RE: Hayflick and others deny major life expectancy improvements

From: Alex Future Bokov (
Date: Mon Feb 19 2001 - 00:51:37 MST


Given that aging is caused by the accumulation of random and pleiotropic
mutations that have not been selected against in the course of human
evolution (because until recently, humans mostly ended up dead from disease
or accident long before these mutations kicked in)...

Then, aging is not a single programmed pathway we can interfere in. It's
more like a network of interacting pathways, where the evolutionary rules
of thumb we use to make other biological puzzles tractable no longer apply.

What can be done.

1. Borrow the modelling tools and concepts from complexity theory and use
them to at least narrow the search-space for anti-aging treatments.

2. Just keep plowing ahead with the leads that look promising at the moment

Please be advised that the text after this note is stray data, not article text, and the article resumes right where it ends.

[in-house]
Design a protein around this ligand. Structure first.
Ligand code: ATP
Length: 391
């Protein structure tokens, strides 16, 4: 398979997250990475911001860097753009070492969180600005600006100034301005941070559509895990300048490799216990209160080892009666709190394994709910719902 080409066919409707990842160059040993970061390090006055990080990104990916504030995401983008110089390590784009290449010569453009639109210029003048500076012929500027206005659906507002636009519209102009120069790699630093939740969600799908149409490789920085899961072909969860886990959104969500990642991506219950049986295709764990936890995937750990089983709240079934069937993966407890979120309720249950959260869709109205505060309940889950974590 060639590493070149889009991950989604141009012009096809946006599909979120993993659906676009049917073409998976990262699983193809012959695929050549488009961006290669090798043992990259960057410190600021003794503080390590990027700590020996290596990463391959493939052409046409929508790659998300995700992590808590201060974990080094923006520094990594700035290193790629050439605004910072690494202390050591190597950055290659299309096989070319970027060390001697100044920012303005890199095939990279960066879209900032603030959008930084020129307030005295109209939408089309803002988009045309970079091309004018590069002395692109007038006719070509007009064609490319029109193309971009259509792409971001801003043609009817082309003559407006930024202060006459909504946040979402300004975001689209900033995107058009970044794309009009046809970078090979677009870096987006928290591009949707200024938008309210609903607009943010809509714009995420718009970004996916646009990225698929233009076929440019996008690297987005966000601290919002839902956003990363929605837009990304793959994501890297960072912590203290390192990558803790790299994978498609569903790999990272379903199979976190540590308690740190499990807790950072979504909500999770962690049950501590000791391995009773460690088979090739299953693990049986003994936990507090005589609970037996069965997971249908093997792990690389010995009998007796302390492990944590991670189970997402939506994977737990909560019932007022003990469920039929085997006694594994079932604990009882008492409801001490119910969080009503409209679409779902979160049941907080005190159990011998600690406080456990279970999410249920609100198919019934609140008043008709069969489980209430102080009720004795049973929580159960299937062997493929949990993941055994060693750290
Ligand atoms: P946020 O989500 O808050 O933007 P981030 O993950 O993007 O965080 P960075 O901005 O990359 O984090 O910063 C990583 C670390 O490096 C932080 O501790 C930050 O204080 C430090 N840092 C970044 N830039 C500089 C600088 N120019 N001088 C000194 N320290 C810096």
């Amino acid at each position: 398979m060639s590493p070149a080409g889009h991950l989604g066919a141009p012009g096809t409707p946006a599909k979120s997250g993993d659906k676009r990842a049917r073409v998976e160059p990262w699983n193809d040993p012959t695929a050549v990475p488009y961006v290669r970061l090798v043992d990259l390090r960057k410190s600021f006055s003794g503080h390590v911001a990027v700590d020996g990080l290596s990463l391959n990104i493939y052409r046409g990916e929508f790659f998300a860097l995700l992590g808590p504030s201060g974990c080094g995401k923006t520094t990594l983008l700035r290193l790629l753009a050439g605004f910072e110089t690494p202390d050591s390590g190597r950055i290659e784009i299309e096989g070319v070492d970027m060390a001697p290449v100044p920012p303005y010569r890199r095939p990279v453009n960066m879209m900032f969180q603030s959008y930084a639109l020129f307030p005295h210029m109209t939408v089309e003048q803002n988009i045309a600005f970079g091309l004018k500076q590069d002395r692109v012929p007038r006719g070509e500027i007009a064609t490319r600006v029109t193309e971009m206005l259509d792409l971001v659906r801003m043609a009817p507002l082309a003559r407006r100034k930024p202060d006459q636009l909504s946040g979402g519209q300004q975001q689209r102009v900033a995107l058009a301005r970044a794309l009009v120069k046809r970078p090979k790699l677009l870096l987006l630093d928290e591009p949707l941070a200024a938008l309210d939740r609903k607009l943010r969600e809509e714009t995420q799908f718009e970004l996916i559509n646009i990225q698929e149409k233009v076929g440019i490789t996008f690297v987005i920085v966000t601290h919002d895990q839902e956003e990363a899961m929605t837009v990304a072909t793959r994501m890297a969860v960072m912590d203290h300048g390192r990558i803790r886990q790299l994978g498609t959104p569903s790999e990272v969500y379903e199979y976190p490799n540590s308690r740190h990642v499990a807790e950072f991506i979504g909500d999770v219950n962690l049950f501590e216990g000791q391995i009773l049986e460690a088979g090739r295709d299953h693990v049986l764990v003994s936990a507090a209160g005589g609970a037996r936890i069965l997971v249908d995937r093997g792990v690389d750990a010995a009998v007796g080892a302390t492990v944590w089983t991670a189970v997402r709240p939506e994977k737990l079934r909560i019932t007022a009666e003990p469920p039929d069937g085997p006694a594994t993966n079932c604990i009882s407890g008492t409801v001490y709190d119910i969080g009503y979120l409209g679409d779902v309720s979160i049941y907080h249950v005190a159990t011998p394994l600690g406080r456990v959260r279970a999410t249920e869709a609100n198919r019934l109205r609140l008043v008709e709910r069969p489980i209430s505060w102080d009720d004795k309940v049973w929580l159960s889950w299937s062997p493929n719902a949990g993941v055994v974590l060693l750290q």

and hope we get lucky. Hope that the pathways we happen to block in the
network of aging-related degenerations happen to be ones that influence a
large number of other pathways.

In the big picture, if our species manages to survive and remain civilized
long enough, there will be mild evolutionary pressure for our lifespan to
increase commensurate with our life expectancy. That's just blind evolution,
mind you. Directed evolution (i.e. continued molecular biology trial and
error) should proceed far faster. Of course I'm hoping that we don't have
to wait for the big picture, that we stumble onto a breakthrough before
it's liquid nitro time.

As for competing risks that were mentioned, Hayflick sounds pretty much
on target. Here are the mechanisms of 'death by old age' if/when cancer
and heart disease are eliminated:

1. NON-early onset Alzheimer's
2. Exhaustion of pluripotent stem cells due to Hayflick limit

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